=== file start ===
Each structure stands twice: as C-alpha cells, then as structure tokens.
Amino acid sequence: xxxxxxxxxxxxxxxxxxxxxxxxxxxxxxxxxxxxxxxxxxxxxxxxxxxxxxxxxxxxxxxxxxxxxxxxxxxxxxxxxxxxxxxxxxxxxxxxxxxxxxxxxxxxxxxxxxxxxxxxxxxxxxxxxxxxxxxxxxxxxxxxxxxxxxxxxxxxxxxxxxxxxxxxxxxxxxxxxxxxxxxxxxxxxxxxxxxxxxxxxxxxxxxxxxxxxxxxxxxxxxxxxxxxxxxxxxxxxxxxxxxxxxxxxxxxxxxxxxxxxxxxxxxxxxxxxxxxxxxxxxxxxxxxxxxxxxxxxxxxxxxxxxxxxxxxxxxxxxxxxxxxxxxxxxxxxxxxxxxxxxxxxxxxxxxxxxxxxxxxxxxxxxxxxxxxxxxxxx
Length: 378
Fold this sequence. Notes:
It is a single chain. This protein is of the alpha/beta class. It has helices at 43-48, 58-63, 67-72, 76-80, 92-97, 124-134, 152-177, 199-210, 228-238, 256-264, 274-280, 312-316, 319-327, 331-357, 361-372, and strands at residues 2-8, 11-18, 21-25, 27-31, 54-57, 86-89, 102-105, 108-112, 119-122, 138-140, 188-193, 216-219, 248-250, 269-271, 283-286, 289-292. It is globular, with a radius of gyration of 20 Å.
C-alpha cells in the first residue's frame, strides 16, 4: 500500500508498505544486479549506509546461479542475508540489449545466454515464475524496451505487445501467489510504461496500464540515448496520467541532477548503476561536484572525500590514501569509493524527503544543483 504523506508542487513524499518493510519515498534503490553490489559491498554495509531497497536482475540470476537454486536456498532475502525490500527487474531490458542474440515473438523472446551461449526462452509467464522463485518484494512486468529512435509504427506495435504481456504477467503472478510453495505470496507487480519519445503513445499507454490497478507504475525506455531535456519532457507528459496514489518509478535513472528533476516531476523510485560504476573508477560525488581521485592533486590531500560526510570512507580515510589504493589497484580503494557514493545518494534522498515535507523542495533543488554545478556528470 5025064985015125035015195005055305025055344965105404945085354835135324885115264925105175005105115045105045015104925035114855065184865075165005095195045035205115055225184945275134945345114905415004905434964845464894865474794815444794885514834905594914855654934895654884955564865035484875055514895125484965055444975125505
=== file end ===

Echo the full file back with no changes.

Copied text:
Each structure stands twice: as C-alpha cells, then as structure tokens.
Amino acid sequence: xxxxxxxxxxxxxxxxxxxxxxxxxxxxxxxxxxxxxxxxxxxxxxxxxxxxxxxxxxxxxxxxxxxxxxxxxxxxxxxxxxxxxxxxxxxxxxxxxxxxxxxxxxxxxxxxxxxxxxxxxxxxxxxxxxxxxxxxxxxxxxxxxxxxxxxxxxxxxxxxxxxxxxxxxxxxxxxxxxxxxxxxxxxxxxxxxxxxxxxxxxxxxxxxxxxxxxxxxxxxxxxxxxxxxxxxxxxxxxxxxxxxxxxxxxxxxxxxxxxxxxxxxxxxxxxxxxxxxxxxxxxxxxxxxxxxxxxxxxxxxxxxxxxxxxxxxxxxxxxxxxxxxxxxxxxxxxxxxxxxxxxxxxxxxxxxxxxxxxxxxxxxxxxxxxxxxxxxxx
Length: 378
Fold this sequence. Notes:
It is a single chain. This protein is of the alpha/beta class. It has helices at 43-48, 58-63, 67-72, 76-80, 92-97, 124-134, 152-177, 199-210, 228-238, 256-264, 274-280, 312-316, 319-327, 331-357, 361-372, and strands at residues 2-8, 11-18, 21-25, 27-31, 54-57, 86-89, 102-105, 108-112, 119-122, 138-140, 188-193, 216-219, 248-250, 269-271, 283-286, 289-292. It is globular, with a radius of gyration of 20 Å.
C-alpha cells in the first residue's frame, strides 16, 4: 500500500508498505544486479549506509546461479542475508540489449545466454515464475524496451505487445501467489510504461496500464540515448496520467541532477548503476561536484572525500590514501569509493524527503544543483 504523506508542487513524499518493510519515498534503490553490489559491498554495509531497497536482475540470476537454486536456498532475502525490500527487474531490458542474440515473438523472446551461449526462452509467464522463485518484494512486468529512435509504427506495435504481456504477467503472478510453495505470496507487480519519445503513445499507454490497478507504475525506455531535456519532457507528459496514489518509478535513472528533476516531476523510485560504476573508477560525488581521485592533486590531500560526510570512507580515510589504493589497484580503494557514493545518494534522498515535507523542495533543488554545478556528470 5025064985015125035015195005055305025055344965105404945085354835135324885115264925105175005105115045105045015104925035114855065184865075165005095195045035205115055225184945275134945345114905415004905434964845464894865474794815444794885514834905594914855654934895654884955564865035484875055514895125484965055444975125505